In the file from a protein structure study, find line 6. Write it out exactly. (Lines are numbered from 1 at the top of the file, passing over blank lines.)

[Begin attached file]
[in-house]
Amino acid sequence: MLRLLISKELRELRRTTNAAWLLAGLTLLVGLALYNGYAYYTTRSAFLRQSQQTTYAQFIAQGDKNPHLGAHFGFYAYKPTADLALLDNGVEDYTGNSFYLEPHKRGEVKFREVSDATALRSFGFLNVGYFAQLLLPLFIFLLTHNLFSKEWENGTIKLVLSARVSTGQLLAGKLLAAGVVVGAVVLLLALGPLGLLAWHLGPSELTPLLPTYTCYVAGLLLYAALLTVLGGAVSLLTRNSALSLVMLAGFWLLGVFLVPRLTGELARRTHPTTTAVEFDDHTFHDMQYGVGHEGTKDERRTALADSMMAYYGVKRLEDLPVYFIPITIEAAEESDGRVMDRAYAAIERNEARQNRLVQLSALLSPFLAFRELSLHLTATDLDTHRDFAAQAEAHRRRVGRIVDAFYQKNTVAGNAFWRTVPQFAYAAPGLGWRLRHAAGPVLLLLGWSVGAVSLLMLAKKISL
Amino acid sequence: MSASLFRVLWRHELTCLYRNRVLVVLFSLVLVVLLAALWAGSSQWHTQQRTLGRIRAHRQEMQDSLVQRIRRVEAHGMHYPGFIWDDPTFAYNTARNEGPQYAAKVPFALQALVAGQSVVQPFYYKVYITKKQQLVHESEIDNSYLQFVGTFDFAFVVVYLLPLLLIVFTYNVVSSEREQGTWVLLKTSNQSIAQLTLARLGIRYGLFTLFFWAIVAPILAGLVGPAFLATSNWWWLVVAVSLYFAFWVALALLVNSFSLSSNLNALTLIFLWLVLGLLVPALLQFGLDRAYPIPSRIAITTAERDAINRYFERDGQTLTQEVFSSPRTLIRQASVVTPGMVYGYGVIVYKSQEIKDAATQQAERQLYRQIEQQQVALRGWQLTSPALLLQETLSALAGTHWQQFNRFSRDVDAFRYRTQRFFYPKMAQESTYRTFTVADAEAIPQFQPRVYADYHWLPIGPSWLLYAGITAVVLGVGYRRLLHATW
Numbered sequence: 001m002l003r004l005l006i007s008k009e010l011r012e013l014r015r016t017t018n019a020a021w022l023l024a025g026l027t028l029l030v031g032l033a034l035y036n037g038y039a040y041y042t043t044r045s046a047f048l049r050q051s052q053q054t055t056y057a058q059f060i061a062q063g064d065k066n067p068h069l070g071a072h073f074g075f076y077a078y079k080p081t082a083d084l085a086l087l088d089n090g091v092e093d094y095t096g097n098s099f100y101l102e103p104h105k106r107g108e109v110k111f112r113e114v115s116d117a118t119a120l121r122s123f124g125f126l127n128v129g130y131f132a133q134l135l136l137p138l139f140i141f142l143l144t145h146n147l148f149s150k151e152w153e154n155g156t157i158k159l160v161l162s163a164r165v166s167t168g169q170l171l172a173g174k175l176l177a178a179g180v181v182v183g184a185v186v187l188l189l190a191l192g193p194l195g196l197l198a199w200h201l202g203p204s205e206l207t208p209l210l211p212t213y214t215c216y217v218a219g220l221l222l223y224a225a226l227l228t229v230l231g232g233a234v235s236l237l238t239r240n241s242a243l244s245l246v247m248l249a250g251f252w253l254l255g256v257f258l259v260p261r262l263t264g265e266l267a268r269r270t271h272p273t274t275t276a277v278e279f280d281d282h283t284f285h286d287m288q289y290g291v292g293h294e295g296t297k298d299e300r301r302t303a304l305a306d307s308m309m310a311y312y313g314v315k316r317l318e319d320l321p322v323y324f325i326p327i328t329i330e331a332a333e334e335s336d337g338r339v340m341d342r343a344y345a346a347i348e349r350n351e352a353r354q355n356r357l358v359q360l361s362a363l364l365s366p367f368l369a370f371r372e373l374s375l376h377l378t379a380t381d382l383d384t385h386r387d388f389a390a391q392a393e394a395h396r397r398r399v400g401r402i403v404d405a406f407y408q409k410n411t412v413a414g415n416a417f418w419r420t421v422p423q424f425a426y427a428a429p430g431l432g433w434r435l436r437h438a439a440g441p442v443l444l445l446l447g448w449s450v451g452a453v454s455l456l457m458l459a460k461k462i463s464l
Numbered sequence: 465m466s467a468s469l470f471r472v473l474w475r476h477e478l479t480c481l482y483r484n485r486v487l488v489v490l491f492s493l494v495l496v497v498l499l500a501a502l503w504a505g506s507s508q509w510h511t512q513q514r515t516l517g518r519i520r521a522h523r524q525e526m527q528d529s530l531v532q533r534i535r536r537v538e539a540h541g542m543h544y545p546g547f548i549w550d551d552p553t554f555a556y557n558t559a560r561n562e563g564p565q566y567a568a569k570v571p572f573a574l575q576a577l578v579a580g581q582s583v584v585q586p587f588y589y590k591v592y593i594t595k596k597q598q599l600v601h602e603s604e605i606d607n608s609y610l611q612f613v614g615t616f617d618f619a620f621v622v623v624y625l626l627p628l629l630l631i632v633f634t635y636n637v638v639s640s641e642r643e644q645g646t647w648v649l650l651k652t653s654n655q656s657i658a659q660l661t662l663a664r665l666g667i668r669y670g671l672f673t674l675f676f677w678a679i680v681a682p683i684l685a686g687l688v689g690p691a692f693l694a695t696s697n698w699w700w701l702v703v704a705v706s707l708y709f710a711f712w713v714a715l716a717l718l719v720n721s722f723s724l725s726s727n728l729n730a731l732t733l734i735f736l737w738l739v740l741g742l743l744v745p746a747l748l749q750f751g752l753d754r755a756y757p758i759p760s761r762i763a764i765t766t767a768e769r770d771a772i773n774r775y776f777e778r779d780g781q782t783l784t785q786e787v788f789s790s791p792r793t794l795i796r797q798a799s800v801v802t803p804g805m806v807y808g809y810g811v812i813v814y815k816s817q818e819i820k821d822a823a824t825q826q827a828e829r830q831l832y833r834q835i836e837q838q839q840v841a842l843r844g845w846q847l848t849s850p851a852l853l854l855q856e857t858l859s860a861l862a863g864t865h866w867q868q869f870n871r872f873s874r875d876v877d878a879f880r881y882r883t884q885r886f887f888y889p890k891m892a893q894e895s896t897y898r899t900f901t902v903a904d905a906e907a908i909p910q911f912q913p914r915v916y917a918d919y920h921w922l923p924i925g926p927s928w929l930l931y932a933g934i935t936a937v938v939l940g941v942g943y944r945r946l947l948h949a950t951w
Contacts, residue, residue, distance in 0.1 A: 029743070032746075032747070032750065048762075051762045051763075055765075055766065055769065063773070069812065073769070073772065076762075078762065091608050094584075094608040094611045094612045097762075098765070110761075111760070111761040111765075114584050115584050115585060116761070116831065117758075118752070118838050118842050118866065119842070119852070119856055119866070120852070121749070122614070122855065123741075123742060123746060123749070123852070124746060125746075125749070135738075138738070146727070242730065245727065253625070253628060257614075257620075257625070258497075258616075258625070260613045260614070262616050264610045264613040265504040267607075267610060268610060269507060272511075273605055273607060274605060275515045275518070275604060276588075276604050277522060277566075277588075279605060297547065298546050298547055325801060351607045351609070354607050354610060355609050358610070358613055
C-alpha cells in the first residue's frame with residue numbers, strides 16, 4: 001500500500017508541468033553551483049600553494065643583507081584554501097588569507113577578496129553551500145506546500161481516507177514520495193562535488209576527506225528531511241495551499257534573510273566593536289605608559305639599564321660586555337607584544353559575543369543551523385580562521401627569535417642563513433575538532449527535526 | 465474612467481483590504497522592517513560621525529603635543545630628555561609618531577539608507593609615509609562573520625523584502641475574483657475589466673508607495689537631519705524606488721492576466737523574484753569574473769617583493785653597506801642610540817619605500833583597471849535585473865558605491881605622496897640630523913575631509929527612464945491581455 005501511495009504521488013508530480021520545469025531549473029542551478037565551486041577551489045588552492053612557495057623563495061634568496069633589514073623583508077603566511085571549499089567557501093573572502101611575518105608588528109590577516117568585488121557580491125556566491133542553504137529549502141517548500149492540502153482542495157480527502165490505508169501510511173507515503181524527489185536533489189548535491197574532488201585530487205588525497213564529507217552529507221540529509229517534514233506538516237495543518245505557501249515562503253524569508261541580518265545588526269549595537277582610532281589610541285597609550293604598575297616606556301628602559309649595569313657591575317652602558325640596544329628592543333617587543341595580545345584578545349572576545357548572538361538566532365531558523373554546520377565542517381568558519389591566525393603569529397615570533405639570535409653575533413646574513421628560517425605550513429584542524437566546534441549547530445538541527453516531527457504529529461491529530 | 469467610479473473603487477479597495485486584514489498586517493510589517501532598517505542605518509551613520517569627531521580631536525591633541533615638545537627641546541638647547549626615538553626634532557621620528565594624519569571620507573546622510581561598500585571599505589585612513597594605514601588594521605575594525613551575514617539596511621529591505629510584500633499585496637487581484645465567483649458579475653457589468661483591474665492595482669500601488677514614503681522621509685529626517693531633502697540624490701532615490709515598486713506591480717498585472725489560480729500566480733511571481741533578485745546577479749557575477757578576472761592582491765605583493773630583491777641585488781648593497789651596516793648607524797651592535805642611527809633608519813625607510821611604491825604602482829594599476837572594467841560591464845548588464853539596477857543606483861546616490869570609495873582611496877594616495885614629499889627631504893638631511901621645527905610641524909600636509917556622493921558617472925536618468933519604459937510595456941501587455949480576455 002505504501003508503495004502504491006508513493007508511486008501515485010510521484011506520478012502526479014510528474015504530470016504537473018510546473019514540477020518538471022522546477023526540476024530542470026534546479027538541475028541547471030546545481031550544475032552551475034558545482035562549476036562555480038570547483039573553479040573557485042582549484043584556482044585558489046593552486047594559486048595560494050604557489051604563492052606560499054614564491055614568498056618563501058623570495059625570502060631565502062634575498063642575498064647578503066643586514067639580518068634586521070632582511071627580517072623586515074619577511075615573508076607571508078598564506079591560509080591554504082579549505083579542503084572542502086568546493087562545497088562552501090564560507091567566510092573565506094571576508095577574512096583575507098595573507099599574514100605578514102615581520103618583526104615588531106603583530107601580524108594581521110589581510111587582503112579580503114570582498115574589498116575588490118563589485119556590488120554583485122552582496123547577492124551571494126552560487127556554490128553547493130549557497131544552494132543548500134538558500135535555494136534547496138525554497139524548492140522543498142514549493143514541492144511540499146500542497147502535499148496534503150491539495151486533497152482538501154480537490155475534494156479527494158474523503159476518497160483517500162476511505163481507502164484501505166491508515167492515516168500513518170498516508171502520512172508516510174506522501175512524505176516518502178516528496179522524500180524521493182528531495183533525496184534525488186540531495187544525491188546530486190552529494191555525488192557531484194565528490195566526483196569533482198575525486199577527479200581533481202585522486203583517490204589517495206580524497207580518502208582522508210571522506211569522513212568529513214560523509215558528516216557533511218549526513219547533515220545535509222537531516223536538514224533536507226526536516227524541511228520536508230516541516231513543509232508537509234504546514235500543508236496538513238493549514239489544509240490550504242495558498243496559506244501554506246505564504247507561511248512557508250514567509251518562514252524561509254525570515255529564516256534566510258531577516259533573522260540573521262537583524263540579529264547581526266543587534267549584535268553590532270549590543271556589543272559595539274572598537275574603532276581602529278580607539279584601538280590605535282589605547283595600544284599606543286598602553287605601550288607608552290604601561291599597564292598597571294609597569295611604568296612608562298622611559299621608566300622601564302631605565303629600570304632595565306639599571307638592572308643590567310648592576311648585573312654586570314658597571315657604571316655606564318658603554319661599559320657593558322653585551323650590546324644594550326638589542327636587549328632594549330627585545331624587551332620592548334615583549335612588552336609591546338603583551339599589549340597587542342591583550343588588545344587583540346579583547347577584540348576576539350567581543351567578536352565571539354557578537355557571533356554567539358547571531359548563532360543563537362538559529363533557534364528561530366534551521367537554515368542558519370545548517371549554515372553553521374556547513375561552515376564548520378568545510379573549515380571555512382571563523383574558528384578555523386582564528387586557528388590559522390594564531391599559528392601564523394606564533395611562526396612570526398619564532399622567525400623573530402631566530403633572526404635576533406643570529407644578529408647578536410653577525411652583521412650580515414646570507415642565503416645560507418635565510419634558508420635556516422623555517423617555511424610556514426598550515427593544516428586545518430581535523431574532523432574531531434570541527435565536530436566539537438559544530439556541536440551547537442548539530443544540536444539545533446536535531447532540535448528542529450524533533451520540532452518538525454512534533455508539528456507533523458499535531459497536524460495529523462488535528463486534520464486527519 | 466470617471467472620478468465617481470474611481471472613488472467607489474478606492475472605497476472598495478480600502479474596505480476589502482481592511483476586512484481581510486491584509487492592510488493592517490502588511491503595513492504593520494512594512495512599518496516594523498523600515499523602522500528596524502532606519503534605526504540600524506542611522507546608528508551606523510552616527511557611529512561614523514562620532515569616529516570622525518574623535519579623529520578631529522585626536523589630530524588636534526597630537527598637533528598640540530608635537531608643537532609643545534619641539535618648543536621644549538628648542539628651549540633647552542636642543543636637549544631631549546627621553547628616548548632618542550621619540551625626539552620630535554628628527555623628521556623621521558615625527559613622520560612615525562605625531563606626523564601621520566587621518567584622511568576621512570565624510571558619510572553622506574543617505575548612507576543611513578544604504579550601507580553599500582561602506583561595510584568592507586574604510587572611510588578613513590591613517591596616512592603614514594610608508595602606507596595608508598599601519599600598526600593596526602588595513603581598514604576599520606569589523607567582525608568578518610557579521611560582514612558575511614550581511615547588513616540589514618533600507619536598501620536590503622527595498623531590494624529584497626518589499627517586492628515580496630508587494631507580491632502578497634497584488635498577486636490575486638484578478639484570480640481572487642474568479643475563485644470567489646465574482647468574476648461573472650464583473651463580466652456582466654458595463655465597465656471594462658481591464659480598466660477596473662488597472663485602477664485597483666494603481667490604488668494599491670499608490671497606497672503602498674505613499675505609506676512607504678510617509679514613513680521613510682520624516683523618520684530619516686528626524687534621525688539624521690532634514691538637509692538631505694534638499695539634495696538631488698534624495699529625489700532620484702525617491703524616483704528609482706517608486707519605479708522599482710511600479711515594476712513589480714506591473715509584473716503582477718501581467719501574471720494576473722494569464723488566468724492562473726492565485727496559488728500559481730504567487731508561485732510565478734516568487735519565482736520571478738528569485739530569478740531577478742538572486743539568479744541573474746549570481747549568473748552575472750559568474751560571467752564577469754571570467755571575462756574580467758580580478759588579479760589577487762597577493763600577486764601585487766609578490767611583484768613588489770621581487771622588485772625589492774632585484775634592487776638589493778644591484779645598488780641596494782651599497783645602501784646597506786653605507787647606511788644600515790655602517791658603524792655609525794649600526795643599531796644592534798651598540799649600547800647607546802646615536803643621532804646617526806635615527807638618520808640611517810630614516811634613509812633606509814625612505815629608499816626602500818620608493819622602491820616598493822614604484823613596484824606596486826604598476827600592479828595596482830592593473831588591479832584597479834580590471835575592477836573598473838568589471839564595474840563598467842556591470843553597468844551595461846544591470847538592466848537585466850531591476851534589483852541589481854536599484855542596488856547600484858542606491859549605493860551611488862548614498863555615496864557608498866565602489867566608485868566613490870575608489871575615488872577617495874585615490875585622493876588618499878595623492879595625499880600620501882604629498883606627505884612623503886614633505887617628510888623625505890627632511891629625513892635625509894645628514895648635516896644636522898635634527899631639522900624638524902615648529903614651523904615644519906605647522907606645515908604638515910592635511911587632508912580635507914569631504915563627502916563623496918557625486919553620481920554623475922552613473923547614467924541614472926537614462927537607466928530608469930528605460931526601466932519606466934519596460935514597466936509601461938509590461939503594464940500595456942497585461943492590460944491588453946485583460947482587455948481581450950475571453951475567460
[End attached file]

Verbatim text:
Contacts, residue, residue, distance in 0.1 A: 029743070032746075032747070032750065048762075051762045051763075055765075055766065055769065063773070069812065073769070073772065076762075078762065091608050094584075094608040094611045094612045097762075098765070110761075111760070111761040111765075114584050115584050115585060116761070116831065117758075118752070118838050118842050118866065119842070119852070119856055119866070120852070121749070122614070122855065123741075123742060123746060123749070123852070124746060125746075125749070135738075138738070146727070242730065245727065253625070253628060257614075257620075257625070258497075258616075258625070260613045260614070262616050264610045264613040265504040267607075267610060268610060269507060272511075273605055273607060274605060275515045275518070275604060276588075276604050277522060277566075277588075279605060297547065298546050298547055325801060351607045351609070354607050354610060355609050358610070358613055